Unity was founded in 1889 by Charles and Myrtle Fillmore. Their history is peppered with financial loss, deathly illness and an undying faith. Their intention was not to create a religion, but to offer help to people of all faiths in applying spiritual principles to better their lives.
Myrtle had been sickly from the time she was a child, suffering for 40 years with tuberculosis. Her mother was a gentle, loving woman but her father was a stern Methodist who believed in a harsh God, sin, and hell. Myrtle had two loves: She loved God first and foremost; her second love was education and teaching. However, girls in the 1800s were expected to take care of household tasks and tend children and not pursue an education. She taught herself many topics by hiding her brother’s school books and reading them in secret. She was determined to go to college, and she did attend Oberlan College, the only college in the state that allowed girls to attend.
Myrtle became a school teacher and eventually opened her own private school. She created a far-advanced curriculum similar to the Montessori educational system of today, teaching the children with interactive, engaging activities. Her success was exulted in the newspapers and her students and their parents loved her. When she closed her private school, the parents were up in arms, at which point she taught the parents the techniques and methods she used.
Charles likewise incurred a physical injury when he was 11 years old. In 1864 he dislocated his hip bone during a skating accident. The doctors did their best to set the bone but there was always an open sore and hole in his hip. His leg stopped growing normally at that time and as an adult his right leg was four inches shorter than his left leg. He walked with a cane or crutches and was crippled much of the time.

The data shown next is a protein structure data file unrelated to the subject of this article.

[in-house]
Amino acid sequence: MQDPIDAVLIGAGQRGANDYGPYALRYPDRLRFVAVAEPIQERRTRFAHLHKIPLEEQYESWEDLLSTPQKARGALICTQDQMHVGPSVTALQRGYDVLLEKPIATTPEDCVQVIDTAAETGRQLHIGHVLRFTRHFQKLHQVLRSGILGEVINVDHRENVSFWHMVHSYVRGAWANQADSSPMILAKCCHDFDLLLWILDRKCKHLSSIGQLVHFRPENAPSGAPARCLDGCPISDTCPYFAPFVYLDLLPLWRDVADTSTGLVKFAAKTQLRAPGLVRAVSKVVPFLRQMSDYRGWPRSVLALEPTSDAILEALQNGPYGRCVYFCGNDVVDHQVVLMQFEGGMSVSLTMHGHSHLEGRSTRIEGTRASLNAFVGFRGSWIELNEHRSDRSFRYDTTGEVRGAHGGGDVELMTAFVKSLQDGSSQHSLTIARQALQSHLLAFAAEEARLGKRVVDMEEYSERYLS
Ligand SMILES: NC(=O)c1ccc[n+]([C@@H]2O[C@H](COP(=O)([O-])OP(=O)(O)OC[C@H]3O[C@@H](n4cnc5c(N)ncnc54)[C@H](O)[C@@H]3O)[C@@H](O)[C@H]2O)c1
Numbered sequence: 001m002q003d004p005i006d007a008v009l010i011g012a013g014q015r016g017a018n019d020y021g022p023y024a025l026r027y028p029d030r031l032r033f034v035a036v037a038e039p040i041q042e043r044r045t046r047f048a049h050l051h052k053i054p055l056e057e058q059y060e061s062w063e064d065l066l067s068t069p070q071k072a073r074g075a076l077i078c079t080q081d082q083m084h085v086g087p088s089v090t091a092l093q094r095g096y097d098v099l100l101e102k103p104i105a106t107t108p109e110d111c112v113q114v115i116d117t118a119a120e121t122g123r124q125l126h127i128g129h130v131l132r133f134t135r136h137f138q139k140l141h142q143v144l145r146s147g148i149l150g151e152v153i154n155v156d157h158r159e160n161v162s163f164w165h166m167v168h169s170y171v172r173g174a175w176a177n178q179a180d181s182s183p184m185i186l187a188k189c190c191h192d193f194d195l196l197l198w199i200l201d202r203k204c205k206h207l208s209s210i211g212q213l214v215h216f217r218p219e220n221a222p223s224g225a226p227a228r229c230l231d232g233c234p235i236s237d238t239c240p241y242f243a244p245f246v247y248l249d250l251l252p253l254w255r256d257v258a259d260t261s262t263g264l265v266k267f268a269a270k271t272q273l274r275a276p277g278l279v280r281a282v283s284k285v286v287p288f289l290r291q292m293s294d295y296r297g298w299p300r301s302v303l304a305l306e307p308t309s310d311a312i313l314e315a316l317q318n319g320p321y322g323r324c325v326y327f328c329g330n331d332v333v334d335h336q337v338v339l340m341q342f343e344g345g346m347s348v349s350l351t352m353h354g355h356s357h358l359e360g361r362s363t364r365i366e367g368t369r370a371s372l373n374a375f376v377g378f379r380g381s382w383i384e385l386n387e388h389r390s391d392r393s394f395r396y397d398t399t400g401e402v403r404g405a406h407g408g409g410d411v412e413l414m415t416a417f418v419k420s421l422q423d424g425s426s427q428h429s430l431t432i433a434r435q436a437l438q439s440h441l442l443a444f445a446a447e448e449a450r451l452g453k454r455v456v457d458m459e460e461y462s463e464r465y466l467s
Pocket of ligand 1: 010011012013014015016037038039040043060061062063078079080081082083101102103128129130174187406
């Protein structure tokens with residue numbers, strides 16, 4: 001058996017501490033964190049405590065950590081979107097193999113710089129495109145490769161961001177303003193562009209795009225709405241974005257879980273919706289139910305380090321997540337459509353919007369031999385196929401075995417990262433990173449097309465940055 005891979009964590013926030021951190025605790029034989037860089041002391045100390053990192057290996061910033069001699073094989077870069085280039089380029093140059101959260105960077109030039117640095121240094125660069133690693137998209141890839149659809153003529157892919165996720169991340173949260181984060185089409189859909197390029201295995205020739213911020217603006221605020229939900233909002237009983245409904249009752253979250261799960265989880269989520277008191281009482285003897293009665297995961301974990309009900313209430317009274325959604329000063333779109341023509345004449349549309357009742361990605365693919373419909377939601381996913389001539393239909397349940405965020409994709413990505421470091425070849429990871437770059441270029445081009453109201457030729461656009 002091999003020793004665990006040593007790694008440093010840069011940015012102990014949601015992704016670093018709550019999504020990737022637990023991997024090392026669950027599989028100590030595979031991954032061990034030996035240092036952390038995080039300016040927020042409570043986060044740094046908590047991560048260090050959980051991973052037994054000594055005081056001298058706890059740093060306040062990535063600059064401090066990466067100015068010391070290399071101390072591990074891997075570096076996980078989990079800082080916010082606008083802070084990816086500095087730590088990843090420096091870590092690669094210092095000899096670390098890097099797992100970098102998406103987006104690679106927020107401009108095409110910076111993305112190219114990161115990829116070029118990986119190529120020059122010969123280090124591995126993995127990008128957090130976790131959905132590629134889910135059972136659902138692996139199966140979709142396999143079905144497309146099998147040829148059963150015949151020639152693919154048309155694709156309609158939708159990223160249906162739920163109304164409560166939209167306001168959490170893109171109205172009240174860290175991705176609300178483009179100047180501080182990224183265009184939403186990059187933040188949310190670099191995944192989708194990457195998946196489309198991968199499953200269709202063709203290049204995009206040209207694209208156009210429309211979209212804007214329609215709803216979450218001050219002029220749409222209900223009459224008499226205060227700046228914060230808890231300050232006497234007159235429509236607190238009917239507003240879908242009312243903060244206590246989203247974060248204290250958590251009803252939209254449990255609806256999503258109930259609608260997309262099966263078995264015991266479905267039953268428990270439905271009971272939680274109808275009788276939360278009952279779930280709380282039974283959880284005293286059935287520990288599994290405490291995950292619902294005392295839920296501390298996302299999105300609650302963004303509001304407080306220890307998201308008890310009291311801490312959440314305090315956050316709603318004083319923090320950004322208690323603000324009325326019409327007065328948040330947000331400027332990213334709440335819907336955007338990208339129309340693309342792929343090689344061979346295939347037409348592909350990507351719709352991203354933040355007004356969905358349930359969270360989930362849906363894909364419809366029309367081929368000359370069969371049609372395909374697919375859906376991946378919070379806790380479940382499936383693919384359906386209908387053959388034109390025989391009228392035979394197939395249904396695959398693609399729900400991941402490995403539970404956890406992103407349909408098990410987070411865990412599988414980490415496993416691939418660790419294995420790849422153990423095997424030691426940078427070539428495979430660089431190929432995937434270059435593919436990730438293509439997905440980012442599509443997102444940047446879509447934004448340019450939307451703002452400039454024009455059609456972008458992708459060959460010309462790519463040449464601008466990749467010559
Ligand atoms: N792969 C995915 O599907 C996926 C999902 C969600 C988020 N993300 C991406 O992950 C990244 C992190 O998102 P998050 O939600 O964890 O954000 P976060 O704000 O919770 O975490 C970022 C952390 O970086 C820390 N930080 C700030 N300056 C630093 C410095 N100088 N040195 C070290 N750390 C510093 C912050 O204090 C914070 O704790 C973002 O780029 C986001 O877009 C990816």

Charles had high hopes of becoming wealthy, and at the age of 19, he moved to Oklahoma because he was told the streets were paved with gold. He found out they weren’t! He wandered around the Midwest, looking for the ideal job that would make him rich. He tried gold mining, mule driving, cashiering for the railroad, and real estate. He was successful in all of these ventures, but he always lost his money.
In the meantime, Charles met Myrtle, but it wasn’t love at first sight. They became friends, and though they loved each other, Charles’ alcohol drinking stopped Myrtle from considering him as a spouse. She had him attend a temperance meeting where he signed the pledge to never drink alcohol again. His pledge did have an impact on the town. The day after he pledged to stay sober, the town newspaper ran a headline that read “Fillmore Quits Drinking!” Despite Charles’ honoring his pledge, Myrtle moved back to where her mother lived because Charles did not have the courage to propose marriage to her. He eventually did propose through the mail and she accepted. They had three sons, Lowell, Rick and Royal